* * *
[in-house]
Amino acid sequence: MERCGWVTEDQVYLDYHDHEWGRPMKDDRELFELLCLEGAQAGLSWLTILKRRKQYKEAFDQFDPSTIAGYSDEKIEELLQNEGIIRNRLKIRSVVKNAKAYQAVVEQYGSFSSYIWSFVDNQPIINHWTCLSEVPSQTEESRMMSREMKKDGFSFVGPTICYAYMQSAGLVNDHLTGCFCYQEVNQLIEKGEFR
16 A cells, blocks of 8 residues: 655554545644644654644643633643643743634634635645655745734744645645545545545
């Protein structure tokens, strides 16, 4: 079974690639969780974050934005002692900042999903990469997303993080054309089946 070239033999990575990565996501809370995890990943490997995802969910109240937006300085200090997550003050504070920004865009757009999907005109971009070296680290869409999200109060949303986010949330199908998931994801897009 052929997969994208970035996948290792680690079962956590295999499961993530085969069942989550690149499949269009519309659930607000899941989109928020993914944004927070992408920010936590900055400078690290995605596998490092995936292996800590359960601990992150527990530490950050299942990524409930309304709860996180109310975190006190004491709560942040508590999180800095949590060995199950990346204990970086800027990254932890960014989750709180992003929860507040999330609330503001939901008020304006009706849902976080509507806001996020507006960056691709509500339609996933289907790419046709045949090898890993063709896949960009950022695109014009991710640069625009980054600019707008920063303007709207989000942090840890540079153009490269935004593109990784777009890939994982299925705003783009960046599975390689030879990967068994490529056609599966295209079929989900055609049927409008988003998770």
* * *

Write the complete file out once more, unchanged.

[in-house]
Amino acid sequence: MERCGWVTEDQVYLDYHDHEWGRPMKDDRELFELLCLEGAQAGLSWLTILKRRKQYKEAFDQFDPSTIAGYSDEKIEELLQNEGIIRNRLKIRSVVKNAKAYQAVVEQYGSFSSYIWSFVDNQPIINHWTCLSEVPSQTEESRMMSREMKKDGFSFVGPTICYAYMQSAGLVNDHLTGCFCYQEVNQLIEKGEFR
16 A cells, blocks of 8 residues: 655554545644644654644643633643643743634634635645655745734744645645545545545
């Protein structure tokens, strides 16, 4: 079974690639969780974050934005002692900042999903990469997303993080054309089946 070239033999990575990565996501809370995890990943490997995802969910109240937006300085200090997550003050504070920004865009757009999907005109971009070296680290869409999200109060949303986010949330199908998931994801897009 052929997969994208970035996948290792680690079962956590295999499961993530085969069942989550690149499949269009519309659930607000899941989109928020993914944004927070992408920010936590900055400078690290995605596998490092995936292996800590359960601990992150527990530490950050299942990524409930309304709860996180109310975190006190004491709560942040508590999180800095949590060995199950990346204990970086800027990254932890960014989750709180992003929860507040999330609330503001939901008020304006009706849902976080509507806001996020507006960056691709509500339609996933289907790419046709045949090898890993063709896949960009950022695109014009991710640069625009980054600019707008920063303007709207989000942090840890540079153009490269935004593109990784777009890939994982299925705003783009960046599975390689030879990967068994490529056609599966295209079929989900055609049927409008988003998770």